The following appeared in the Northwest Arkansas Times Living Section on Sunday, May 1, 2005: genealogy Web site is more lively than ever.
BY SARAH TERRY Northwest Arkansas Times

At least once a month, a box of old, often unidentified photographs shows up on Joe Bott's doorstep. And with the spring-cleaning urge fueling forages through closets, garages and attics, he hopes that will happen more often in the coming weeks. After all, it's going to take a little help for the Springdale genealogy enthusiast to reach his humble goal. "I want every photo in the world taken before 1960," he said with a laugh. Bott, who works in research and development for Tyson Foods, is the brains behind DeadFred. com, a Web site based out of Vulcan Creative Labs in Fayetteville. The site's purpose is to reunite orphaned photographs taken before 1960 with their families.

About 40 years ago, when Bott was in the Navy and traveling frequently, he found time to indulge an obsession with old photographs, purchasing them at flea markets, antique shops and yard sales everywhere he went. Over the years he has accumulated more than 15,000.

In 1998, he was sick for a few days and passed the time doing online research on his own family. He noticed the lack of a comprehensive photo database for the public to search. "Families all posted their pictures on their own sites," Bott explained. "I wanted a place for everyone to post photos."

He contacted Vulcan about designing his site, which began operating March 16, 2001.

In the past four years, DeadFred. com has amassed just shy of 50,000 photographs representing 11,900 surnames and 45 countries. Although many of the photos are identified, those for which no surname is available are filed under a "Mysteries" section.

The site has provided a vehicle for 518 reunions that Bott and his fellow DeadFred archivists Vulcan staffers Jeannette Balleza and siblings Eric and Amanda Huber are aware of. Others have undoubtedly happened that no one has told them about, Bott said.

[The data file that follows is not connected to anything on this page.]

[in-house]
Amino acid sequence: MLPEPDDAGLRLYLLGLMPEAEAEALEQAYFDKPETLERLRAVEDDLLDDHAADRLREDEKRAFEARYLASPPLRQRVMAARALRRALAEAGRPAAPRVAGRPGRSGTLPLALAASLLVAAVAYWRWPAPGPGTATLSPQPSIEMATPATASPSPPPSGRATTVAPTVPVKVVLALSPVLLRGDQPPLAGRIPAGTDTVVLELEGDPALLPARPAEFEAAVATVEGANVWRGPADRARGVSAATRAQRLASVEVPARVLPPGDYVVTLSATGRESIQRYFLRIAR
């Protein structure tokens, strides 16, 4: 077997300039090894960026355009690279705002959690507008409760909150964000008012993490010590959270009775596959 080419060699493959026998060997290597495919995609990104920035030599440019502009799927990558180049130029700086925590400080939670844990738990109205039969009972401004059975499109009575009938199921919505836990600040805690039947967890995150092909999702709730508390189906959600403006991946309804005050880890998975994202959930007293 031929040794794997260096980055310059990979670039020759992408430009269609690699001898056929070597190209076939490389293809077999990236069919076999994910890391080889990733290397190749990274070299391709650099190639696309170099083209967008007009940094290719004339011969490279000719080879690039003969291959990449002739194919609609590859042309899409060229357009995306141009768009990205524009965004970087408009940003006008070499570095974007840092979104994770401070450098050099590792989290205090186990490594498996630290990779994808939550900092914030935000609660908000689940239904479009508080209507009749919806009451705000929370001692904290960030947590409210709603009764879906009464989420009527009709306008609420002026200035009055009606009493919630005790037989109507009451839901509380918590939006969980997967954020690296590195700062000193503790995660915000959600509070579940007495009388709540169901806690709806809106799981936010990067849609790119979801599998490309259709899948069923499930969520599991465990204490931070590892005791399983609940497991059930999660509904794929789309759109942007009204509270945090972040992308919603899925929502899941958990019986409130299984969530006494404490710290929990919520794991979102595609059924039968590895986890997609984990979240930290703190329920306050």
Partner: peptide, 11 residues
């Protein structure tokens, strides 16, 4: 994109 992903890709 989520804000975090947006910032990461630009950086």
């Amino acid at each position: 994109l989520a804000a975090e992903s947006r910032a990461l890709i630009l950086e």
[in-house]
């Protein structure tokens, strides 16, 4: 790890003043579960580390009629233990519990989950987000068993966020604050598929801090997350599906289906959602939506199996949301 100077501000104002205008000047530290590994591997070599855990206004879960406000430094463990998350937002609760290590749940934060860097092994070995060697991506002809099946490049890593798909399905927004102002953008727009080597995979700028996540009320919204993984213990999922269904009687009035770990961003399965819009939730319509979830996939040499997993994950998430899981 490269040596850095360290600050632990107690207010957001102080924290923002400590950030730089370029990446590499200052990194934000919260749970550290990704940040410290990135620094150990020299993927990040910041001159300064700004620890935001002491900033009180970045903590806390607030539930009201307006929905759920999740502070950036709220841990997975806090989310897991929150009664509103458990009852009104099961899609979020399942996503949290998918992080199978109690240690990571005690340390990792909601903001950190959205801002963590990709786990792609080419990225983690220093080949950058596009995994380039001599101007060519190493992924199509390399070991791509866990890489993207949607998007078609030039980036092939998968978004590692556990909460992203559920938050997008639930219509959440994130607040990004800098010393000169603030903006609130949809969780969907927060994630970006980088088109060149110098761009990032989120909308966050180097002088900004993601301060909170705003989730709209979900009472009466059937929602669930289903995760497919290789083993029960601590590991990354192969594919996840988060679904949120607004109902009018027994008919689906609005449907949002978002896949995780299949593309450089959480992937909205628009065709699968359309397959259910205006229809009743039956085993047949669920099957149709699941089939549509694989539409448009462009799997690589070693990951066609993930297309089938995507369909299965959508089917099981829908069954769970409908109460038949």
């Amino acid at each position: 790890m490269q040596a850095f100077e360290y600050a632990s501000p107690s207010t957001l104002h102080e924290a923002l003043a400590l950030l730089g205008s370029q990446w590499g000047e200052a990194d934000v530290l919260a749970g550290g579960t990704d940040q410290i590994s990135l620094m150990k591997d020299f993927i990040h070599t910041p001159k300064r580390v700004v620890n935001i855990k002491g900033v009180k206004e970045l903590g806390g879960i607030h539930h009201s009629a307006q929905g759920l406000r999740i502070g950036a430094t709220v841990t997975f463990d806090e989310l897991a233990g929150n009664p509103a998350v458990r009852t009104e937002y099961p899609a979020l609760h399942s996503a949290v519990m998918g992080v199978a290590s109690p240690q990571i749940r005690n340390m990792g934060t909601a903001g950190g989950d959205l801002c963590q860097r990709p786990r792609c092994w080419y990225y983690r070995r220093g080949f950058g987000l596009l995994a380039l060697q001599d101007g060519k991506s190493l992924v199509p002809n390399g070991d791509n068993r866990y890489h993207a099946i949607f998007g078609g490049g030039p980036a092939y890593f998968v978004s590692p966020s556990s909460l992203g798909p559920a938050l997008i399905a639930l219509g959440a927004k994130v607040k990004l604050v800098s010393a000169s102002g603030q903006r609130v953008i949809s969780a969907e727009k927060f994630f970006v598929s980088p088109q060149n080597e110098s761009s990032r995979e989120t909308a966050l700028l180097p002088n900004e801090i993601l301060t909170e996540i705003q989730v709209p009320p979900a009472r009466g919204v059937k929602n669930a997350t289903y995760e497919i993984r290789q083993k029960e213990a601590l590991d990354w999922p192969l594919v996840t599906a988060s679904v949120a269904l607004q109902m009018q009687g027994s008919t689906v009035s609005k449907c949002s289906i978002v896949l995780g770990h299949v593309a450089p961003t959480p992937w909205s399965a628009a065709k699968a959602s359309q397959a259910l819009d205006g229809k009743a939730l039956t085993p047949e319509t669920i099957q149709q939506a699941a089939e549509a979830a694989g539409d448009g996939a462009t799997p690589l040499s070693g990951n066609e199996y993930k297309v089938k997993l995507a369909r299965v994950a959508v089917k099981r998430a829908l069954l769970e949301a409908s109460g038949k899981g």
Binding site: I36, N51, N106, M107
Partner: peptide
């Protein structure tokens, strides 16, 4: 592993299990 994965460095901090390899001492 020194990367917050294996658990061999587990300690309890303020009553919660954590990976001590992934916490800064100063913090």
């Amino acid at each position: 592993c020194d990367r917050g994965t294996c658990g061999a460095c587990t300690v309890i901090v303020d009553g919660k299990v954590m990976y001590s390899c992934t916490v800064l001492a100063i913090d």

About 60,000 people visit the site each month and spend an average of six minutes browsing, Eric Huber said.

DeadFred's monthly enewsletter, "Relatively Speaking," has about 4,000 subscribers. Among those who completed a personal data form, females comprise about 75 percent of subscribers, and most are ages 50-59. The second largest group is 60 and older. "There are 75 million boomers coming down the road who want to know more about the past," Bott said. "Once you turn 50, you wonder about these things. It must be genetic." "Also, people are more comfortable with the Web these days," Balleza said. "They're starting to use it to find people and put the pieces together." "And they can do it from the comfort of their own homes," Bott added.

In 2000, a poll conducted by Maritz Marketing Research Inc. and Genealogy. com found that since 1995, the percentage of Americans interested in tracing their family history had increased from 45 percent to 60 percent. "It's the second most popular hobby to gardening," Balleza said.

And DeadFred. com is one of their favorite destinations, according to Family Tree Magazine, which has named the site among its top 101 for three years running. Another achievement the DeadFred archivists take pride in is their inclusion in the book "Genealogy for Dummies."

Anywhere from 300 to 1,000 photos are posted to the site from around the world each month. Photos may be submitted either online or through the mail, and their subjects must be deceased.

In fact, sometimes the pictures are actually of a deceased person. Take, for example, the site's namesake. Clicking on "Meet Fred" under the "Information" menu takes visitors to a photograph of Frederick III, former emperor of Germany and king of Prussia, lying in his coffin.

Bott, who is of German descent, learned that his great-great-grandfather was alive during Fred's reign and purchased the photo on eBay. When considering names for his Web site, he thought DeadFred "had a jingle to it," he said.

Amanda Huber agreed. "I loved it," she said. "It really made it memorable."

To submit photographs by mail, send them to P. O. Box 6937, Springdale, AR 72766-6937. Mail-in submissions become the property of the archive and will not be returned. Photographs are inspected by a DeadFred archivist and are normally posted within one to three days of submission.

Donations are welcome as the site's services are free.